A senior Cheong Wa Dae official on Sunday said Seoul will raise no objection to Japan's dispatch of Aegis destroyers near the West Sea since the government believes "guaranteeing navigational freedom on the high seas coincides with Seoul's security interests." Tokyo claims it is sending the destroyers to detect North Korean missile launches.
When North Korea launched what it said was a space rocket in April, Japan dispatched Aegis destroyers to the East Sea and East China Sea, but they were unable to detect the launch. Tokyo nonetheless continues to mull deploying the Aegis destroyers in waters near the expected launch site -- whether they are the East Sea or West Sea -- claiming the North is planning another missile test.
Under international law, ships can freely sail the open seas and cross Korean waters in the West Sea. A Russian naval vessel crossed the West Sea in April this year to take part in massive joint drills with China off the coast of Qingdao. Cheong Wa Dae appears to believe it is better to allow foreign ships to sail freely in the open waters near the West Sea than for any one country to think that region is under its exclusive operational control. The prevailing view among government officials is that this serves South Korea's security interests.
But this is a much more complicated issue. If the warships vessels of the world's superpowers sail freely through the West Sea, Seoul first needs to put some serious thought into whether this would guarantee peace in the region or heighten tensions.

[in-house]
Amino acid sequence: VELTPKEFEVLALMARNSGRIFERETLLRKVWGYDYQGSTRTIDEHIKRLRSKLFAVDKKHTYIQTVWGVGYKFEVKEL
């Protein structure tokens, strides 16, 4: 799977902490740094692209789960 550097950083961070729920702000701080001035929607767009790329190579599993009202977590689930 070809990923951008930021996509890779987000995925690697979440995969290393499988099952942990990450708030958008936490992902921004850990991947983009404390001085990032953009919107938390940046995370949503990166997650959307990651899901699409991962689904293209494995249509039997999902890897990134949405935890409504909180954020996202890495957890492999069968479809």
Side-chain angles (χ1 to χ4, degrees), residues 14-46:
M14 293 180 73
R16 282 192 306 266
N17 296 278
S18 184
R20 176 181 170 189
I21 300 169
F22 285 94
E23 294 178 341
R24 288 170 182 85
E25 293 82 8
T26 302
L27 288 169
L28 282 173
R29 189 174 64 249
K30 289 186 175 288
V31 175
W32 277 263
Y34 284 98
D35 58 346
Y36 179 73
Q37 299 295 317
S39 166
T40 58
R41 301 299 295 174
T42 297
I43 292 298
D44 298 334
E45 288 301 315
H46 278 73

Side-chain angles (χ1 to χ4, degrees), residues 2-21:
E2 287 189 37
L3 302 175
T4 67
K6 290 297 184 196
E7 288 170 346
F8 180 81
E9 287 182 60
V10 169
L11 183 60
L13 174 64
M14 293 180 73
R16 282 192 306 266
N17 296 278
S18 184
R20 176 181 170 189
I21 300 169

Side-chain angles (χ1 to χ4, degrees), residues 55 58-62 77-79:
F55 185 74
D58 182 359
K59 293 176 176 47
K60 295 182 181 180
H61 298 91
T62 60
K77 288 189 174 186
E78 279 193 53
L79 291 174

The two Koreas and China tend to view the West Sea as their own. It is a geopolitically sensitive area. The Chinese and Japanese navies clashed there in the Sino-Japanese War, while Russian and Japanese battleships fought there during the Russo-Japanese War. Those clashes had a serious impact on the Korean Peninsula.
The U.S. aircraft carrier George Washington entered the West Sea in November 2011 in response to North Korea's shelling of Yeonpyeong Island. At that time, China protested strongly, labeling the move a "challenge" to its security, even though it was only natural for South Korea and its ally to conduct drills to prevent another attack.
China is bolstering its naval strength to expand its reach from the West Sea to the South China Sea and continues to clash diplomatically with Japan, Taiwan, Vietnam and the Philippines over control of islands in the East China and South China seas. Japan's deployment of Aegis destroyers on the West Sea may be intended to thwart a North Korean provocation. But the move could exacerbate tensions in the region, especially considering the dispute between China and Japan over the Diaoyu Islands, which the Japanese call the Senkaku Islands. The situation is far too complicated for the government to welcome the deployment of Japanese Aegis destroyers to the West Sea with open arms.